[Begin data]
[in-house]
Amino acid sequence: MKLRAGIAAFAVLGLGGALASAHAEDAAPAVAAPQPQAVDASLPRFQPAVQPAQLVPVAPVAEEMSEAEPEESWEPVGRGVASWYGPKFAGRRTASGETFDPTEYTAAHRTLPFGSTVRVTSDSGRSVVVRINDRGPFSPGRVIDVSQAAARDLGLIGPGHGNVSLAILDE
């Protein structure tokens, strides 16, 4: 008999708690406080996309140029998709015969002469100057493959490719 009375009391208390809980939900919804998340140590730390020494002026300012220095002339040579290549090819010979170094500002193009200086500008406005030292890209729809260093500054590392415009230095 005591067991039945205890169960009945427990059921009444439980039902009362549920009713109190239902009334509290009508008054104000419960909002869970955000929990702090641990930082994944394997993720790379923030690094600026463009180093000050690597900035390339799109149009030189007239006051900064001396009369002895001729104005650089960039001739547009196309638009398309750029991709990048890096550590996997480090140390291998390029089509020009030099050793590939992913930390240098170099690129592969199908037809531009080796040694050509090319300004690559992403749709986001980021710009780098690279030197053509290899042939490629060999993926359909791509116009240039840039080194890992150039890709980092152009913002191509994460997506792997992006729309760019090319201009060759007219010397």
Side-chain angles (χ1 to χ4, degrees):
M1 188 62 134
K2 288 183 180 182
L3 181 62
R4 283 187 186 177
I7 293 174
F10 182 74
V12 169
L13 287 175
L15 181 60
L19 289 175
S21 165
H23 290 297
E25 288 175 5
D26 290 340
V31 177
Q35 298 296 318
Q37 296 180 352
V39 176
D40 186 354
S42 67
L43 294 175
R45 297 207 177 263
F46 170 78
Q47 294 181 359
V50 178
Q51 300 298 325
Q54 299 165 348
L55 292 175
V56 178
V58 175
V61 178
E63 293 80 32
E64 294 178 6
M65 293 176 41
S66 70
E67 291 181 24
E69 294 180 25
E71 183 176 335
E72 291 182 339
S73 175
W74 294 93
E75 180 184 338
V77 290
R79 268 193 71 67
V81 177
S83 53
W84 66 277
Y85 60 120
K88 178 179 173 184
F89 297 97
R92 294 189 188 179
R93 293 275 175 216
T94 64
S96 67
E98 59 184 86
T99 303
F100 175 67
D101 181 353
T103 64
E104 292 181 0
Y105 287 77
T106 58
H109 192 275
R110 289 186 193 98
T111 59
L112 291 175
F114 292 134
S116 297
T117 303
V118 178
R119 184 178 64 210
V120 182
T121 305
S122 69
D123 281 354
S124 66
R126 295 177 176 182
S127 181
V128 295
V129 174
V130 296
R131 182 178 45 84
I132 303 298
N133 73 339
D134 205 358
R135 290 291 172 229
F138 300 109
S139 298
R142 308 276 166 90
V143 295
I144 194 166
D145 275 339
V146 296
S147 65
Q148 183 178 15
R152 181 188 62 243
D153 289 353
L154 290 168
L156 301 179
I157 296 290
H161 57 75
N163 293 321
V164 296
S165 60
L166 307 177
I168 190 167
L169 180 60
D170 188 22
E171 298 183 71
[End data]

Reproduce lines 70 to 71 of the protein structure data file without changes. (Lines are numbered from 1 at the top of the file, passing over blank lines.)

L112 291 175
F114 292 134